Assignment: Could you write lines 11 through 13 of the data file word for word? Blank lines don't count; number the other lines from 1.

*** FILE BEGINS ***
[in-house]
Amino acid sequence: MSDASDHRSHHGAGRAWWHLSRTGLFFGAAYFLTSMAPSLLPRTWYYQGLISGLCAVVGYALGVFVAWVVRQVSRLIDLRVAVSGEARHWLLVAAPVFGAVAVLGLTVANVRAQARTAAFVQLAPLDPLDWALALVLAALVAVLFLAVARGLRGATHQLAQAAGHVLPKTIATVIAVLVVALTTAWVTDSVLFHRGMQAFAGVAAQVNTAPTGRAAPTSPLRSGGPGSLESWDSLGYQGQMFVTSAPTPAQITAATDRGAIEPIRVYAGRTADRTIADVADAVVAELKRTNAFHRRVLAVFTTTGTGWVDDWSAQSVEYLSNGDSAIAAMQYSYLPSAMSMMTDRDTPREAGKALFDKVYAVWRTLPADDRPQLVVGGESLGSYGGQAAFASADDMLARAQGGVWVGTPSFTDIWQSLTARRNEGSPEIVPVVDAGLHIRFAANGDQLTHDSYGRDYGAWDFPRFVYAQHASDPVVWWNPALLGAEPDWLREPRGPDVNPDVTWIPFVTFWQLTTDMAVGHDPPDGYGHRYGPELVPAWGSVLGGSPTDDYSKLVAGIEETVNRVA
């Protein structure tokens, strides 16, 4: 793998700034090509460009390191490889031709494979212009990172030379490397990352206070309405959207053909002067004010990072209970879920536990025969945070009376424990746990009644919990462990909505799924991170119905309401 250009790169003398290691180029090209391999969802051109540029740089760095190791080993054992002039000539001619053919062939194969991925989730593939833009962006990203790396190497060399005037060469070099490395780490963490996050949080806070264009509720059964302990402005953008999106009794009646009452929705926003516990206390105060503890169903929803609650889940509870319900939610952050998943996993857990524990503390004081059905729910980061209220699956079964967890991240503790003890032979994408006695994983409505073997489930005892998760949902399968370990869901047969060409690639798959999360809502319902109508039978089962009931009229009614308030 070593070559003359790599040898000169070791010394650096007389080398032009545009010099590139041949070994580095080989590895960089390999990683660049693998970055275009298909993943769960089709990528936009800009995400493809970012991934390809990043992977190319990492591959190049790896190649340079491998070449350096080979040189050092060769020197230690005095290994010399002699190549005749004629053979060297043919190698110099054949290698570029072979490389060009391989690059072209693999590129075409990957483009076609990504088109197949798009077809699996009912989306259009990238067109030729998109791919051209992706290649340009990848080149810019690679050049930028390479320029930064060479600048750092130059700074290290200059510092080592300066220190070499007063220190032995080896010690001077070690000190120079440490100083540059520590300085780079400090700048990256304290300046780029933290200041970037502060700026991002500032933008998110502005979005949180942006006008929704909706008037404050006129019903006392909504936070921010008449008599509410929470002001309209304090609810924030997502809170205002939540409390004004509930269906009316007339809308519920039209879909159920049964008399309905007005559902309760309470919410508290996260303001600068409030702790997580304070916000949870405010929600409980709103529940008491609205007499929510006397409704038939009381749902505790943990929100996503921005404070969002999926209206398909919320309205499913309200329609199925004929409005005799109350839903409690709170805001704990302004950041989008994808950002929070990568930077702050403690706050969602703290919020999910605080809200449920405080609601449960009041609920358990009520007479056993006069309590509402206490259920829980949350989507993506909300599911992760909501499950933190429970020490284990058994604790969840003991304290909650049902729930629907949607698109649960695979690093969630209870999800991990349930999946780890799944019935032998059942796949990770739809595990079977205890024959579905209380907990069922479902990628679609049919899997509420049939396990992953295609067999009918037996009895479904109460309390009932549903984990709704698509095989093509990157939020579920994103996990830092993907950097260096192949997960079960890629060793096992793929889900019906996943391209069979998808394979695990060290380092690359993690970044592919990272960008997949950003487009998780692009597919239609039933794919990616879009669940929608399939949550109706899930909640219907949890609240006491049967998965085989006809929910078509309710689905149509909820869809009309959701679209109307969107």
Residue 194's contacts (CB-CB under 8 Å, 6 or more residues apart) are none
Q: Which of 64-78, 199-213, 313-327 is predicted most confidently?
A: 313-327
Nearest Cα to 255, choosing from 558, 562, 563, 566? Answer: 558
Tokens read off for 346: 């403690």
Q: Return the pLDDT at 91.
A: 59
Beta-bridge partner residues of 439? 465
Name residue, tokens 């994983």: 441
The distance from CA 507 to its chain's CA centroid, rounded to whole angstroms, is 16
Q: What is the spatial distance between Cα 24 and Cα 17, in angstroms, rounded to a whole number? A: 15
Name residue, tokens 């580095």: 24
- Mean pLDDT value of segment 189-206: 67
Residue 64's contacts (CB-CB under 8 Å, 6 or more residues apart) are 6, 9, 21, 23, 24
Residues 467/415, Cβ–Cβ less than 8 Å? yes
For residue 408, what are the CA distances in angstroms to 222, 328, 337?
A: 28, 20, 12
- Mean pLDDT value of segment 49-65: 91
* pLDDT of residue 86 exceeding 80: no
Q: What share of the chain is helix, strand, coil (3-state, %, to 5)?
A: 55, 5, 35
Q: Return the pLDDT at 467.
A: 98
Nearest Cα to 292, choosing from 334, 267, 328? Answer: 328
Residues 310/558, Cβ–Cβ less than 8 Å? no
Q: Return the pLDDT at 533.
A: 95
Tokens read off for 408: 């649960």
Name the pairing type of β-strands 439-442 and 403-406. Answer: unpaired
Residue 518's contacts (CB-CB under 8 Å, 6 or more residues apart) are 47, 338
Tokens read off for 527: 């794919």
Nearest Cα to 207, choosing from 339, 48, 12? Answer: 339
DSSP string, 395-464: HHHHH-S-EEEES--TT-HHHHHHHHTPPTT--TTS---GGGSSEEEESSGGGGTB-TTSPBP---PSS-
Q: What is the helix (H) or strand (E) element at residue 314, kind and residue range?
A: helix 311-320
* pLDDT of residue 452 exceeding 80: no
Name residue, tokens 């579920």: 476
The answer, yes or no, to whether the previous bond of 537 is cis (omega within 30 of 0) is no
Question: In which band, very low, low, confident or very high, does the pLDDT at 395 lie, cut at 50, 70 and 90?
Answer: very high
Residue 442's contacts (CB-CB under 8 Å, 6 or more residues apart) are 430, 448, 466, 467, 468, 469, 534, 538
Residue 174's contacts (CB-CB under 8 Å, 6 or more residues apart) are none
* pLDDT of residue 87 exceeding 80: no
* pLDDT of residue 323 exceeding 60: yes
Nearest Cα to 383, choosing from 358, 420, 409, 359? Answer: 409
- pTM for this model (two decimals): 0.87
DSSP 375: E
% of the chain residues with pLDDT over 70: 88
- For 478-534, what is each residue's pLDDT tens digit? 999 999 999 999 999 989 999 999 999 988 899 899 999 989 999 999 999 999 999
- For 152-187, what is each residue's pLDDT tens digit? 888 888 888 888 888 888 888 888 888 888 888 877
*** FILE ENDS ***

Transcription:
Beta-bridge partner residues of 439? 465
Name residue, tokens 């994983």: 441
The distance from CA 507 to its chain's CA centroid, rounded to whole angstroms, is 16